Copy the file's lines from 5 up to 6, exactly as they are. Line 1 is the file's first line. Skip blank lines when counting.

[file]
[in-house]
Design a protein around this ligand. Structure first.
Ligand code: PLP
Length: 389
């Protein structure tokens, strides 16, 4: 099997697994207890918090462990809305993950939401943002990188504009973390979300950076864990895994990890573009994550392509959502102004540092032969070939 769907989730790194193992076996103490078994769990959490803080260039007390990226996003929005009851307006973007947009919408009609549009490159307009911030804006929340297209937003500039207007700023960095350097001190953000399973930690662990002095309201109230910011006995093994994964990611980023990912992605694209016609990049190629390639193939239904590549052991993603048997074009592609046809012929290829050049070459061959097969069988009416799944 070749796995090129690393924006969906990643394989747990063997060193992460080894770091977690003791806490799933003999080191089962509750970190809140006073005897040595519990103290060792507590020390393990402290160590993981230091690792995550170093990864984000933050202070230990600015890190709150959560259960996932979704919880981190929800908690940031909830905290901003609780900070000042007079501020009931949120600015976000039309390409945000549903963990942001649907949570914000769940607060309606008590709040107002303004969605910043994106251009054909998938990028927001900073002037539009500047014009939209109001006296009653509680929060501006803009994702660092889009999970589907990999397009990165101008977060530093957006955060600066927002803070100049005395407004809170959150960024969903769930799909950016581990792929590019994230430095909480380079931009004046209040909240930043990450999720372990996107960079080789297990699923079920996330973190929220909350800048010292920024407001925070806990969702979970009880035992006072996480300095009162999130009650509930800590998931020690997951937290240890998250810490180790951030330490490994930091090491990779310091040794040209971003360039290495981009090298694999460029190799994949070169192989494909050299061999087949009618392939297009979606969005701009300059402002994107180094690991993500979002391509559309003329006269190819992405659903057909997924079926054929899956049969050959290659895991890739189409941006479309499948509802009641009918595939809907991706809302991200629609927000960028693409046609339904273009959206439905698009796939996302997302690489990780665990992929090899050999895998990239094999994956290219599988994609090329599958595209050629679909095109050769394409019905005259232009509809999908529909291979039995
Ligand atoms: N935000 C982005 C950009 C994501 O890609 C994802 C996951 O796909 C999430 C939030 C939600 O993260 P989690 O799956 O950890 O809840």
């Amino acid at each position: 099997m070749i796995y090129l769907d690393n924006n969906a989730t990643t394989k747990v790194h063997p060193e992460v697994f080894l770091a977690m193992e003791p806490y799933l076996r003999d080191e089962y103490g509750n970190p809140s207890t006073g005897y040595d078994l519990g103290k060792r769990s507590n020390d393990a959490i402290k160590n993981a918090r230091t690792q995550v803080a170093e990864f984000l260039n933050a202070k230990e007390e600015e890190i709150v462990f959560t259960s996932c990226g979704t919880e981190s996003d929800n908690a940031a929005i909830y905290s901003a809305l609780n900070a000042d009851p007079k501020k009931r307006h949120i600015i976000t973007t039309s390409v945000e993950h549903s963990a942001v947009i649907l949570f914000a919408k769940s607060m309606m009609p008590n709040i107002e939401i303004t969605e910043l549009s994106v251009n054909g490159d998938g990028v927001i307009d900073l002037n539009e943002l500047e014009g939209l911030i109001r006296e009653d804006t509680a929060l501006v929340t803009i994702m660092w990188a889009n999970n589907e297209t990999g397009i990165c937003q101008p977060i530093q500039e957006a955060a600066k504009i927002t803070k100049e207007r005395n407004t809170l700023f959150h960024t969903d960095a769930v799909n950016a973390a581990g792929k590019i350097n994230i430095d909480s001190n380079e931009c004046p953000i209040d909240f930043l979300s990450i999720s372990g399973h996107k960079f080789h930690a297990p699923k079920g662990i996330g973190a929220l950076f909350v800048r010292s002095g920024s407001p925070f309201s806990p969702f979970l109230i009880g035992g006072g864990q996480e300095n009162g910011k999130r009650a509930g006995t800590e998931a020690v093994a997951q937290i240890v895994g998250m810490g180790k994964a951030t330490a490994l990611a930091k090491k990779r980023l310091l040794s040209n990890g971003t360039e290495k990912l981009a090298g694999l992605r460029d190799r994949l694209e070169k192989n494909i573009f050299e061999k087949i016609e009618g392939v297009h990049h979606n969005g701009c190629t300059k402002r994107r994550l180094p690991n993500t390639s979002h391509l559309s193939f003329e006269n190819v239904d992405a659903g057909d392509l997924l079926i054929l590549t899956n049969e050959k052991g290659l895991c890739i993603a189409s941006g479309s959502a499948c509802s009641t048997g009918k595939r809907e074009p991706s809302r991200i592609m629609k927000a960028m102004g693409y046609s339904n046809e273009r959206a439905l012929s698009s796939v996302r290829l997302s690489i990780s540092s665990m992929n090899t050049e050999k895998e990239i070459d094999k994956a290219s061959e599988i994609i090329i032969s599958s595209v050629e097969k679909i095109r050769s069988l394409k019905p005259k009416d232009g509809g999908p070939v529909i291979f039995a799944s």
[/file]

């Protein structure tokens, strides 16, 4: 099997697994207890918090462990809305993950939401943002990188504009973390979300950076864990895994990890573009994550392509959502102004540092032969070939 769907989730790194193992076996103490078994769990959490803080260039007390990226996003929005009851307006973007947009919408009609549009490159307009911030804006929340297209937003500039207007700023960095350097001190953000399973930690662990002095309201109230910011006995093994994964990611980023990912992605694209016609990049190629390639193939239904590549052991993603048997074009592609046809012929290829050049070459061959097969069988009416799944 070749796995090129690393924006969906990643394989747990063997060193992460080894770091977690003791806490799933003999080191089962509750970190809140006073005897040595519990103290060792507590020390393990402290160590993981230091690792995550170093990864984000933050202070230990600015890190709150959560259960996932979704919880981190929800908690940031909830905290901003609780900070000042007079501020009931949120600015976000039309390409945000549903963990942001649907949570914000769940607060309606008590709040107002303004969605910043994106251009054909998938990028927001900073002037539009500047014009939209109001006296009653509680929060501006803009994702660092889009999970589907990999397009990165101008977060530093957006955060600066927002803070100049005395407004809170959150960024969903769930799909950016581990792929590019994230430095909480380079931009004046209040909240930043990450999720372990996107960079080789297990699923079920996330973190929220909350800048010292920024407001925070806990969702979970009880035992006072996480300095009162999130009650509930800590998931020690997951937290240890998250810490180790951030330490490994930091090491990779310091040794040209971003360039290495981009090298694999460029190799994949070169192989494909050299061999087949009618392939297009979606969005701009300059402002994107180094690991993500979002391509559309003329006269190819992405659903057909997924079926054929899956049969050959290659895991890739189409941006479309499948509802009641009918595939809907991706809302991200629609927000960028693409046609339904273009959206439905698009796939996302997302690489990780665990992929090899050999895998990239094999994956290219599988994609090329599958595209050629679909095109050769394409019905005259232009509809999908529909291979039995
Ligand atoms: N935000 C982005 C950009 C994501 O890609 C994802 C996951 O796909 C999430 C939030 C939600 O993260 P989690 O799956 O950890 O809840």